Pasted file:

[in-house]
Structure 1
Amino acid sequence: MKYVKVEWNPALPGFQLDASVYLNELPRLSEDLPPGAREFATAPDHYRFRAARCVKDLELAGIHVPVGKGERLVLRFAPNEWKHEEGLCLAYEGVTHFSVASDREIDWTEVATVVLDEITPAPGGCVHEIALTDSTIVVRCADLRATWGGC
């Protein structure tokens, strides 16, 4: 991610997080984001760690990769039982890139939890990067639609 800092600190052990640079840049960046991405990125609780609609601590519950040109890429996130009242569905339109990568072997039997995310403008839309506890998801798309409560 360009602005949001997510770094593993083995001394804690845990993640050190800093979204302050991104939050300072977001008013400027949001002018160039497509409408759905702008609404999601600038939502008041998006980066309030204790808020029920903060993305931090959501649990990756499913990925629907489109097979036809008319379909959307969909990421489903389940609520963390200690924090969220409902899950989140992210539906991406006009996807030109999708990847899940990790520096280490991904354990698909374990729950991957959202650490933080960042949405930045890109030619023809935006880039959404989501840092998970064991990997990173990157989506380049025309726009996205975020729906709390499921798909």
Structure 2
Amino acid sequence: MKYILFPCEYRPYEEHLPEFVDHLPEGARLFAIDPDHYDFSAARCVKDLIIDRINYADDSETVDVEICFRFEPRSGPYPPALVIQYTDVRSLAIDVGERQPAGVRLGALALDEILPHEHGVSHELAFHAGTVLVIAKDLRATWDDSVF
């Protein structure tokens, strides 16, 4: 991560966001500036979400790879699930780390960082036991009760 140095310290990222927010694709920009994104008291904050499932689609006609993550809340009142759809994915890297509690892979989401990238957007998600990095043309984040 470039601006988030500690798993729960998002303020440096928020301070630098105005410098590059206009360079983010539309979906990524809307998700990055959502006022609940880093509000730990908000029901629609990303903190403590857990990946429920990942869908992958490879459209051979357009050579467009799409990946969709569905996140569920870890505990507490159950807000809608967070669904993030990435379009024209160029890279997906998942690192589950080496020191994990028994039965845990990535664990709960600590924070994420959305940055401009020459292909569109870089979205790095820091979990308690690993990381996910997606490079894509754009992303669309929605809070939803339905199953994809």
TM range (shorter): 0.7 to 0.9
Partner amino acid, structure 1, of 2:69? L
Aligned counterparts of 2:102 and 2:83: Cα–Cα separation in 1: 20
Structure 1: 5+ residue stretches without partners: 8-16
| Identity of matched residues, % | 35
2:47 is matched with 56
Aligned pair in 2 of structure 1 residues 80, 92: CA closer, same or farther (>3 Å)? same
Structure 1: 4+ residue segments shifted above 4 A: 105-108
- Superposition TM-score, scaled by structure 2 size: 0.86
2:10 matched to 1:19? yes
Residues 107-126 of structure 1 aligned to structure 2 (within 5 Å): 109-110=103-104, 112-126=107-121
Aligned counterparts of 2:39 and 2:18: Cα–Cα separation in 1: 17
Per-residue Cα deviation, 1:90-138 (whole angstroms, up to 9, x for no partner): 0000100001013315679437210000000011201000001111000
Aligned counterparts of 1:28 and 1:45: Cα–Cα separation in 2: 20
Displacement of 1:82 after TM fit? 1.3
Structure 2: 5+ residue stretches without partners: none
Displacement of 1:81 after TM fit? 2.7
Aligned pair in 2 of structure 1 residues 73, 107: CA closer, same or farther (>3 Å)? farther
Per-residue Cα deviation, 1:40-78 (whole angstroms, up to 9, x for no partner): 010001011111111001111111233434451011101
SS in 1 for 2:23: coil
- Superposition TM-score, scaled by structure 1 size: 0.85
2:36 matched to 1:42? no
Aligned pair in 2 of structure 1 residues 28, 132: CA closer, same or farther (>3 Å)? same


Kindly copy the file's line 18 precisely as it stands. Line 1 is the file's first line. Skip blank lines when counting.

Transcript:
Residues 107-126 of structure 1 aligned to structure 2 (within 5 Å): 109-110=103-104, 112-126=107-121